Koh Guan Seng, 38; Kam Kok Keong, 31; Lim Hong Ching, 34; and Kelvin Lim Zhi Wei, 32, were in court today to face up to their charges for cheating tourists at notorious I.T. mall Sim Lim Square today.
All 4 are former employees of the now-infamous Jover Chew, the boss of Mobile Air. They had worked for him between 2013 and 2014 and received 40% commission from Chew’s sales profits.
The court heard that the sales scam was devised by Chew and taught to his employees.
First, each handphone’s cost price was indicated on its packaging in code, which could only be understood by Chew and his employees. The employee’s task was to sell the handphones at above cost price, and if they failed to do so they would have to dip into their own pockets to make up for the difference.
The scam starts with walk-in customers being offered a handphone at below cost price. Once a price had been agreed upon, the salesman would collect payment, then open up the packaging and present the handphone for inspection. Next, the customer would be asked to sign an invoice stating the agreed price.
Upon inking the deal, the salesman would then write additional items — for instance, an in-house warranty or a phone service — on the invoice and mark up the total price.
Should the customer ask to call off the deal, the salesman would either refuse a refund or impose a cancellation fee.
Chew and his employees succeeded in scamming 25 victims last year.
The prosecution called for a sentence of 13 to 14 months imprisonment for Kam, who had 9 charges and others taken into consideration. The prosecution presented evidence showing how he had collaborated with Kelvin Lim and Chew to scam a Bangladeshi construction worker last year October.
Mr Lutfur Rahman Abdul Alim was initially quoted S$330 for a Samsung Galaxy Note 2 handphone. After collecting payment by NETS, Kelvin Lim told Mr Lutfur that he had to pay another S$600 for a two-year warranty. Chew further threatened him with a fine of S$1,000 and revoking of his work permit. Frightened, Mr Lutfur followed suit with their instructions but failed to pay the full amount as his bank account only had S$307. Eventually, he paid another S$300 over NETS, leaving himself a balance of S$7.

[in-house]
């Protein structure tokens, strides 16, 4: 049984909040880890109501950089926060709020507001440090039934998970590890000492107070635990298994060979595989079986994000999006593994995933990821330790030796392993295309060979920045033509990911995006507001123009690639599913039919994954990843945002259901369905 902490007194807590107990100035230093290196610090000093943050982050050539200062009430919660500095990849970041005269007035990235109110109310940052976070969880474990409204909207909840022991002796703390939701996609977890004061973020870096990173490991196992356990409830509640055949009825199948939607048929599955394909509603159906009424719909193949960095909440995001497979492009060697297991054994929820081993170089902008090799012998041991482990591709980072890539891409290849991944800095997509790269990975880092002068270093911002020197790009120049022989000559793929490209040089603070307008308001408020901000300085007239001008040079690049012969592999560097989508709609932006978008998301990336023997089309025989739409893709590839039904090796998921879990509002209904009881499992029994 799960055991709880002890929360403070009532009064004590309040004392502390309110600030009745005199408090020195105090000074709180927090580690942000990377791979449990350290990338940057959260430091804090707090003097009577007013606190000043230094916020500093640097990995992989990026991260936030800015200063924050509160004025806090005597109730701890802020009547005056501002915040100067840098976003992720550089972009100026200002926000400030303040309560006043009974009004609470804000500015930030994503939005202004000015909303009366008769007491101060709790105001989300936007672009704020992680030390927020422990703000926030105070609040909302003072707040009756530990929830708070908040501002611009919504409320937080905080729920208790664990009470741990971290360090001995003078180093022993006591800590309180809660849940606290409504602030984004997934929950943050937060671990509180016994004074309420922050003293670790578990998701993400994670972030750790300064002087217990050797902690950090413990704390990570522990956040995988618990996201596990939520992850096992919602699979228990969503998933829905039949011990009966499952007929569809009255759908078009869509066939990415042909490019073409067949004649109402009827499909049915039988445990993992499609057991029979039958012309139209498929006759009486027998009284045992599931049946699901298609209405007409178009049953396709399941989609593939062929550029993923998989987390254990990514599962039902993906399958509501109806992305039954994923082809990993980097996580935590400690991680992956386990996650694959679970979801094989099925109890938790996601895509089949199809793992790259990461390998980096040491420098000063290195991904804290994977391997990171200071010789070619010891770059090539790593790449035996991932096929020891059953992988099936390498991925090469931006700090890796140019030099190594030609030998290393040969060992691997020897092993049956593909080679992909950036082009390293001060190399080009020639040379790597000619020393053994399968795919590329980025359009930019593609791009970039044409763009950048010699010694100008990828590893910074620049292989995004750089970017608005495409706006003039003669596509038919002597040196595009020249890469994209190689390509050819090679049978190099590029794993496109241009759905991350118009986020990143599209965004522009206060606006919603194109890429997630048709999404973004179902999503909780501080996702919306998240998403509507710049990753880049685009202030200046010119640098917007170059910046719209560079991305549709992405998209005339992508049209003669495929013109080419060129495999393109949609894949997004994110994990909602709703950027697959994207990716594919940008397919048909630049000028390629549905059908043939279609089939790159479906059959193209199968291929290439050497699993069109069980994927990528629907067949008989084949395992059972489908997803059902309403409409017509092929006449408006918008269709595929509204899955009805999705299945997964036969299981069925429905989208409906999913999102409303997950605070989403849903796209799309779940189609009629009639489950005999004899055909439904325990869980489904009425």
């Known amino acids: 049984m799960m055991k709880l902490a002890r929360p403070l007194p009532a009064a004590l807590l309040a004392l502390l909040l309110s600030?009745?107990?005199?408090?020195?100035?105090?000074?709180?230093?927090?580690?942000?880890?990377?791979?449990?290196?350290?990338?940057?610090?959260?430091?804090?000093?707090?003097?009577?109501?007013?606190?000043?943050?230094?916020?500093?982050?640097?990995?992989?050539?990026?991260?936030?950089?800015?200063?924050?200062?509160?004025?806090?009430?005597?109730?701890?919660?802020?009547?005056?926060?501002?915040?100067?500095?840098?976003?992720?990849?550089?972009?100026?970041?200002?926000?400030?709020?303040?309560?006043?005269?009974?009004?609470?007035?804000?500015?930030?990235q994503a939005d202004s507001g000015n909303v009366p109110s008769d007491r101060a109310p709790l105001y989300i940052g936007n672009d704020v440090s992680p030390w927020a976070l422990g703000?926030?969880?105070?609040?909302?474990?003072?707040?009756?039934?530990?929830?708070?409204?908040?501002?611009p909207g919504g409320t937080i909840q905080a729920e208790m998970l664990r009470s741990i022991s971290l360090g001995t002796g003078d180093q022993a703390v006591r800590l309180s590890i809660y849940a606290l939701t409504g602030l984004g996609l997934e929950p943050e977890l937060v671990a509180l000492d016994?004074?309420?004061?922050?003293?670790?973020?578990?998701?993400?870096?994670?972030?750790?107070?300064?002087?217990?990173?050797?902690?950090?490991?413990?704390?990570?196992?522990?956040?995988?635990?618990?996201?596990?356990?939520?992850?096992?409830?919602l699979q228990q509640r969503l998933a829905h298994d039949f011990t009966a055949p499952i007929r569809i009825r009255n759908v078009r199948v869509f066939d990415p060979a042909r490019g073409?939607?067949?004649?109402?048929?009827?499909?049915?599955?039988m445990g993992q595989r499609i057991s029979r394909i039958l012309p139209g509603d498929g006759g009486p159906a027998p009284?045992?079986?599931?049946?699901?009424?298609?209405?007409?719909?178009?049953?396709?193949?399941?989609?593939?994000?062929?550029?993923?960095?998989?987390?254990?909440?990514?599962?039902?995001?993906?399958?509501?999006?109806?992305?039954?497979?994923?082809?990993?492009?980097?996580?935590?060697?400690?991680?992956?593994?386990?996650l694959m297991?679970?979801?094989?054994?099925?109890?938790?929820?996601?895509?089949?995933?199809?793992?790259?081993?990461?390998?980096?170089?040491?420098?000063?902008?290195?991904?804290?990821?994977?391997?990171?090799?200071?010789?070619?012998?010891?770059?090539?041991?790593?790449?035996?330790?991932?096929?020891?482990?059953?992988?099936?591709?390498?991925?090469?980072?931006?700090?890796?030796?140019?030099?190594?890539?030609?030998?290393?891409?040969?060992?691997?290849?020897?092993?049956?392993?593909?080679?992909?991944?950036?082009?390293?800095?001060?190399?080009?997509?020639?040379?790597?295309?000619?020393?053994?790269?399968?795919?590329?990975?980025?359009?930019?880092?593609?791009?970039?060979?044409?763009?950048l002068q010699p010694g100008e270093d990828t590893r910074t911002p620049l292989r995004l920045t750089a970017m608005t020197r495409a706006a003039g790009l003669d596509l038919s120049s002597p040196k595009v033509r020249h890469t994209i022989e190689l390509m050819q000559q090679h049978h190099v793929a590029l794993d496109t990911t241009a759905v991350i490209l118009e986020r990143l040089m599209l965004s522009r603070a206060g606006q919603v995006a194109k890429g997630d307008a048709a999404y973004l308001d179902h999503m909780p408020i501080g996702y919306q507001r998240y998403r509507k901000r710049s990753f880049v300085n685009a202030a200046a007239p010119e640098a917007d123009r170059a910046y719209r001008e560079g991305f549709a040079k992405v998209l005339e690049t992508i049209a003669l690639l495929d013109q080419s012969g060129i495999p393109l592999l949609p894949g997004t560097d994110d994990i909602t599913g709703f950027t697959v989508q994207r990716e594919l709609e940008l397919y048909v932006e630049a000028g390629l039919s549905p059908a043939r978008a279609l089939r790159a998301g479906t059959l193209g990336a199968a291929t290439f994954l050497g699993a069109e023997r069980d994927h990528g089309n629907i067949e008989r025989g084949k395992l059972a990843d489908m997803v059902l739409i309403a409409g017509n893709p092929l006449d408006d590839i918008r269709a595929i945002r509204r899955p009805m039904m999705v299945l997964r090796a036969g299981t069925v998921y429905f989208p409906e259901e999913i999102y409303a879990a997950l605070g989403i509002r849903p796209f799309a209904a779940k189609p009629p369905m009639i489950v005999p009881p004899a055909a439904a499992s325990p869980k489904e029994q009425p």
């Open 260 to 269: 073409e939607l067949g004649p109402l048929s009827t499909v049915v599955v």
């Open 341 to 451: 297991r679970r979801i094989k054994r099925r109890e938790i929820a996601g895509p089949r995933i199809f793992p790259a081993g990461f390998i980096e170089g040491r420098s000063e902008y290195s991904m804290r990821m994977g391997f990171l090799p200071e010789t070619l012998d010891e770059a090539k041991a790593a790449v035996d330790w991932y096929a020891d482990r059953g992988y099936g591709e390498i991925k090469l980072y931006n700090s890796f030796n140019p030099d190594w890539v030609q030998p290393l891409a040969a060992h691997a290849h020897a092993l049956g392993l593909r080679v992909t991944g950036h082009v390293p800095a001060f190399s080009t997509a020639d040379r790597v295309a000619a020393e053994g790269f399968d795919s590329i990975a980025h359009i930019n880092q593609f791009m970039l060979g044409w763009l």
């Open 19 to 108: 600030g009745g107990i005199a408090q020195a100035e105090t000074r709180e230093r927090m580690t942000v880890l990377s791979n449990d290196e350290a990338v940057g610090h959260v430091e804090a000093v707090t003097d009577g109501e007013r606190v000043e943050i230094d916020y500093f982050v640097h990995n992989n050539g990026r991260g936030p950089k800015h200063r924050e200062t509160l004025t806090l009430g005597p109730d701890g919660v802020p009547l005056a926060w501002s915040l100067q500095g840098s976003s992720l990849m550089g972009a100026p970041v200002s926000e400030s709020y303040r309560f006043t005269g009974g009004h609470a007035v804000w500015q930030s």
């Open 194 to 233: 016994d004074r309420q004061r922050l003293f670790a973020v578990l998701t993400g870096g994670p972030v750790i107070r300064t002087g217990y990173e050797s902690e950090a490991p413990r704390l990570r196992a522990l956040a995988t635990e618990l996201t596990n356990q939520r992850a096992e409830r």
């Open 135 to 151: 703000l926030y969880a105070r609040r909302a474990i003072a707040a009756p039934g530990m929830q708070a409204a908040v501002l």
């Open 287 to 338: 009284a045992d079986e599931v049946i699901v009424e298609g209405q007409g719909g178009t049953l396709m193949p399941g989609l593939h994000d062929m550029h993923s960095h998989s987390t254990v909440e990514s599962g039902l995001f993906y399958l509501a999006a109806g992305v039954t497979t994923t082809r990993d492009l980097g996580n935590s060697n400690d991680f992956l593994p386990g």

Th prosecution advised a jail term of five months for Kelvin Lim for 1 charge of abetting others to cheat.
Koh faced 15 charges involving S$9,789, but only had six charges proceeded with. Koh’s defence lawyers argued that Koh was a “mere employee” who had tried to dissuade his boss from these errant ways. In fact, he had asked to quit, after realising that his actions were wrong. He claimed that when Chew heard about this, he demanded that Koh repay him in full for an earlier loan should he choose to leave the company. Since he was unable to do so, Koh was forced to continue working for Chew. He claims that Koh had volunteered to address all the complaints from the consumer watchdog Consumers Association of Singapore (CASE) and the Small Claims Tribunals.
However, evidence presented before the court revealed that Koh had taunted customers, inviting them to lodge complaints with CASE or sue him, contrary to the image of contrite that the defence presented. For these crimes, the prosecution suggested 16 to 18 months imprisonment.
The prosecution proposed a jail term of 8 for the fourth employee, Lim Hong Ching, who faces 2 charges.
The hearing has been adjourned till 14th October, and the 4 men are out on bail.